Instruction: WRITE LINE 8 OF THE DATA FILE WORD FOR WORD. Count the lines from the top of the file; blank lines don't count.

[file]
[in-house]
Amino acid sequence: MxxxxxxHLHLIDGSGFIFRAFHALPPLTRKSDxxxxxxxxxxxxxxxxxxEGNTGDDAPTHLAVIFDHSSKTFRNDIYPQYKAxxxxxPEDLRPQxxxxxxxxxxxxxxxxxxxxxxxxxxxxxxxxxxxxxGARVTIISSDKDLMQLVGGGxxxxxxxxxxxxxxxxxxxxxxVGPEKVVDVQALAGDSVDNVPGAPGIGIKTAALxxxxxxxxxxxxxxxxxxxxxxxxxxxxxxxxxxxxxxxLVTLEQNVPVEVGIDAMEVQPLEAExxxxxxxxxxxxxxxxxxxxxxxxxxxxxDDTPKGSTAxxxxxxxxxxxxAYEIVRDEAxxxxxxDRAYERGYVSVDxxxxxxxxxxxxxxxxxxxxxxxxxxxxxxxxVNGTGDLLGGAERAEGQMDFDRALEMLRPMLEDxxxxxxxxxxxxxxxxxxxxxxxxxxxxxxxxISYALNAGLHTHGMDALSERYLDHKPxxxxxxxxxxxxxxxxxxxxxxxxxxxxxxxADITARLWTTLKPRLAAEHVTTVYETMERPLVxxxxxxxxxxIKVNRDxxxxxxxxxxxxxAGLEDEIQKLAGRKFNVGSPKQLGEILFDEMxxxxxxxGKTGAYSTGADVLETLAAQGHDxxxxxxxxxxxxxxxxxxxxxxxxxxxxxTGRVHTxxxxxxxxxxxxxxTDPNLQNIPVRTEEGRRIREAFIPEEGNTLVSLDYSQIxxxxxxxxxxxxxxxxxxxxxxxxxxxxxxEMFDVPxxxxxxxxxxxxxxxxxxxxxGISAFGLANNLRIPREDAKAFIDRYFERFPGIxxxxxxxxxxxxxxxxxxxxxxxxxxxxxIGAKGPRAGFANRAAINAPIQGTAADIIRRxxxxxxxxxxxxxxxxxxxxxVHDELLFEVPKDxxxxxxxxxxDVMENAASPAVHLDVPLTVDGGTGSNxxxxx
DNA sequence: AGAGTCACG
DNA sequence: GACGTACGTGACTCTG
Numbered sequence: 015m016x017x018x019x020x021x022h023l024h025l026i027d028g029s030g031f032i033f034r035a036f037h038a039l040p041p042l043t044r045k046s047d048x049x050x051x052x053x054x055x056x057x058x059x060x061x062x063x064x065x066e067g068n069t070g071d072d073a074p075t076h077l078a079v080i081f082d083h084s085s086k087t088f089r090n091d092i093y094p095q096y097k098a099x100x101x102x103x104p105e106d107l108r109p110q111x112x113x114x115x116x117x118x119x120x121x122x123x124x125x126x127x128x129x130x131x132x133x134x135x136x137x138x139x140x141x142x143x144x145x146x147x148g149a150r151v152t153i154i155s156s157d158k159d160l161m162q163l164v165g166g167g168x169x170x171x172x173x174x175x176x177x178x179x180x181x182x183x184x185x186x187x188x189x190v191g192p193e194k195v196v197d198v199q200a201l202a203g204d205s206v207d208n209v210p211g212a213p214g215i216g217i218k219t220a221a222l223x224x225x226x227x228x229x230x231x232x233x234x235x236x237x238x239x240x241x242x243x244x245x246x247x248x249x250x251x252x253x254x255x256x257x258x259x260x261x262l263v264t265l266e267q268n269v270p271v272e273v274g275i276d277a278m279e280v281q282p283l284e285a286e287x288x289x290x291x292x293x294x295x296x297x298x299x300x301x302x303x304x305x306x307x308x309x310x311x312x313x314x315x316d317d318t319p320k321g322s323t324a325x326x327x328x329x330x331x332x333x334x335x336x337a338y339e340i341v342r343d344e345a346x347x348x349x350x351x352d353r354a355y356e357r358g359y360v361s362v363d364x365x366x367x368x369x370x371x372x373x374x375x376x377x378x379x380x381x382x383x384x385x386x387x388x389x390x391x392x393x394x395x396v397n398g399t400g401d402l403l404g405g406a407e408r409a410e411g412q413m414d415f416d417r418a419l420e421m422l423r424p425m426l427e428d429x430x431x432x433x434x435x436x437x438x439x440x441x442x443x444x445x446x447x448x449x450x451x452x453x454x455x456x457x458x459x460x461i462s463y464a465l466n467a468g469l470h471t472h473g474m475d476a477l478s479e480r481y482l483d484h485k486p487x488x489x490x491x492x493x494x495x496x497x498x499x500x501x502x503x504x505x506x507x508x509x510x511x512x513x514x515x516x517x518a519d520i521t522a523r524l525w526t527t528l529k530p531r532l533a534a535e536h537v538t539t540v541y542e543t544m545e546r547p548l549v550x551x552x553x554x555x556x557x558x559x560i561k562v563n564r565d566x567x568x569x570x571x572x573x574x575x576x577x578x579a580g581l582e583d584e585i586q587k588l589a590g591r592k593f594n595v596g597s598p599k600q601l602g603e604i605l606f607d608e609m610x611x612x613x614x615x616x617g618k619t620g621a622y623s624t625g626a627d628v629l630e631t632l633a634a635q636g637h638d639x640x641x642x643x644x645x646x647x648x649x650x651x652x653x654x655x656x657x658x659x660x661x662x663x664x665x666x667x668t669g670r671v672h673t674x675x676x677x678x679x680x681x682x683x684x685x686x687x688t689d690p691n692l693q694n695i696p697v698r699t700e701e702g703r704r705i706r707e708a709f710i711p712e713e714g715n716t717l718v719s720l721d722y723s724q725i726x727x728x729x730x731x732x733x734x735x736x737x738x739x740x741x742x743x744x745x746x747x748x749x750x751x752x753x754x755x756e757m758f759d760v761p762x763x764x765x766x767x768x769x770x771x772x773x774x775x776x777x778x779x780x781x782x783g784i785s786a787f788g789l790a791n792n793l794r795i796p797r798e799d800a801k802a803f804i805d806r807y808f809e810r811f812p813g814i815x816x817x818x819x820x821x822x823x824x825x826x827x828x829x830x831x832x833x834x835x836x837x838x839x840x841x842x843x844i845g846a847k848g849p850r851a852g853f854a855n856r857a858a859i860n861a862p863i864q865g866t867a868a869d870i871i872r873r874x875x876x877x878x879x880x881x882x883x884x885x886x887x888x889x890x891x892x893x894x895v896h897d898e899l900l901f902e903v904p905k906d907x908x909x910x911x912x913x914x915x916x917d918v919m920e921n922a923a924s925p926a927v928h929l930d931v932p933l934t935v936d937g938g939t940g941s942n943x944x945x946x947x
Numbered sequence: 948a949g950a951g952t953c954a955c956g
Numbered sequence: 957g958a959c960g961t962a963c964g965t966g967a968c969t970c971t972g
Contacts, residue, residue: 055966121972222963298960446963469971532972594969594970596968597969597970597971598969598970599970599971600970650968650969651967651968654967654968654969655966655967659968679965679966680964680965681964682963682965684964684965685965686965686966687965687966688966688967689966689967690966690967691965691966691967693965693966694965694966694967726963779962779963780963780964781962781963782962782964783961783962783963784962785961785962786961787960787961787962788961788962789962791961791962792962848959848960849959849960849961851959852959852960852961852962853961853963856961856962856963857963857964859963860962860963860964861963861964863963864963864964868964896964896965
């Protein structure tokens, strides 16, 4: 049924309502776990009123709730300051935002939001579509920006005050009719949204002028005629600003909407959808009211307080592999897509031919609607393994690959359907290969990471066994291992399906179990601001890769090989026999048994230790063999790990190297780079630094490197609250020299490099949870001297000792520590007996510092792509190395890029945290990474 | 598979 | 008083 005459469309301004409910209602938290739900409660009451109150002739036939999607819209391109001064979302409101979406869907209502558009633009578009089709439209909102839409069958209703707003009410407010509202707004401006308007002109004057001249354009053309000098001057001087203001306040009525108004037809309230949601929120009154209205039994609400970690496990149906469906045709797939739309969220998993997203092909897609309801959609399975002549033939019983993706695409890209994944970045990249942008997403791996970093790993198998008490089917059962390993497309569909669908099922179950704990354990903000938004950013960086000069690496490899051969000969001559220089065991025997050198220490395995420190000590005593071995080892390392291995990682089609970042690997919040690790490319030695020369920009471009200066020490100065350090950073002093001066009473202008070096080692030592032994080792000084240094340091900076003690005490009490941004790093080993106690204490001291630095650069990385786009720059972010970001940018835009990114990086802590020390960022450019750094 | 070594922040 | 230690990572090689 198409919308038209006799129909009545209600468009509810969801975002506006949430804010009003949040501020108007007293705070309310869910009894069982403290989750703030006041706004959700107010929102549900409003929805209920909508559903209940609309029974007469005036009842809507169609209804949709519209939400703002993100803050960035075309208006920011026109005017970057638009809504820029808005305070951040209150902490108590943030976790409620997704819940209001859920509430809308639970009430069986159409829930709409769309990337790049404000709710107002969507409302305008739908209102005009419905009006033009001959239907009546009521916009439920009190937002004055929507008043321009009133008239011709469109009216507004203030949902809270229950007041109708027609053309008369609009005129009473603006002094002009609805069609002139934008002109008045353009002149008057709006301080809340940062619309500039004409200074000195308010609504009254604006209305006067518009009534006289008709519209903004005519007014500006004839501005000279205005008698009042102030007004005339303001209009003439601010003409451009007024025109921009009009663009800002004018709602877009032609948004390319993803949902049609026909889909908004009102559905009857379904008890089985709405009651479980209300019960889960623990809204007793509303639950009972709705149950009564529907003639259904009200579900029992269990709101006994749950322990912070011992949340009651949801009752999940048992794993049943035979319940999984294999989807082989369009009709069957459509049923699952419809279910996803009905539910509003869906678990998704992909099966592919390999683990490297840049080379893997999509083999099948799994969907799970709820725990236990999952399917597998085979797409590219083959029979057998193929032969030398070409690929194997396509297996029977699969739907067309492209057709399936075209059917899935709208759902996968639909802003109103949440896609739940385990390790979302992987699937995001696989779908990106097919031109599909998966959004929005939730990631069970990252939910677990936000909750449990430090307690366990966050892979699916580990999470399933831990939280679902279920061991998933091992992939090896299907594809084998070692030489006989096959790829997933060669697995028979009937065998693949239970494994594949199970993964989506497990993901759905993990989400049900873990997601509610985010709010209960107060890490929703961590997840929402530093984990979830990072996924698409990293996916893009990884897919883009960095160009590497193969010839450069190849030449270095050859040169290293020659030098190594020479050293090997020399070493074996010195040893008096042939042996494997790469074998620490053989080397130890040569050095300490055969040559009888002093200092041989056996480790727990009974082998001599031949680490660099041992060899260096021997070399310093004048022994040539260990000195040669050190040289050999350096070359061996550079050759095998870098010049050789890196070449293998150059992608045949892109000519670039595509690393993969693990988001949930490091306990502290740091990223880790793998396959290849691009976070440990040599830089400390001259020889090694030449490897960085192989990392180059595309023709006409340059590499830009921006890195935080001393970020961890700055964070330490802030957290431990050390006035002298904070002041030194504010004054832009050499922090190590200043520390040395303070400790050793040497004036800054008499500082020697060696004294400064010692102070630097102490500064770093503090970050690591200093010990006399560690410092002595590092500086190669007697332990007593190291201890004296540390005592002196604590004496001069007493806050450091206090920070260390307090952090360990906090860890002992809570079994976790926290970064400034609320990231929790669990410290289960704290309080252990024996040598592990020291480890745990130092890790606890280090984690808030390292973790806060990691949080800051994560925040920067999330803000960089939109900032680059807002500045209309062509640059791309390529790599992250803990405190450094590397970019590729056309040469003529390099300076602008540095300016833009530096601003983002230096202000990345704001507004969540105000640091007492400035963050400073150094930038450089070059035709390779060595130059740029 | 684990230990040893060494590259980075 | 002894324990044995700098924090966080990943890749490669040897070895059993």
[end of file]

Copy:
Contacts, residue, residue: 055966121972222963298960446963469971532972594969594970596968597969597970597971598969598970599970599971600970650968650969651967651968654967654968654969655966655967659968679965679966680964680965681964682963682965684964684965685965686965686966687965687966688966688967689966689967690966690967691965691966691967693965693966694965694966694967726963779962779963780963780964781962781963782962782964783961783962783963784962785961785962786961787960787961787962788961788962789962791961791962792962848959848960849959849960849961851959852959852960852961852962853961853963856961856962856963857963857964859963860962860963860964861963861964863963864963864964868964896964896965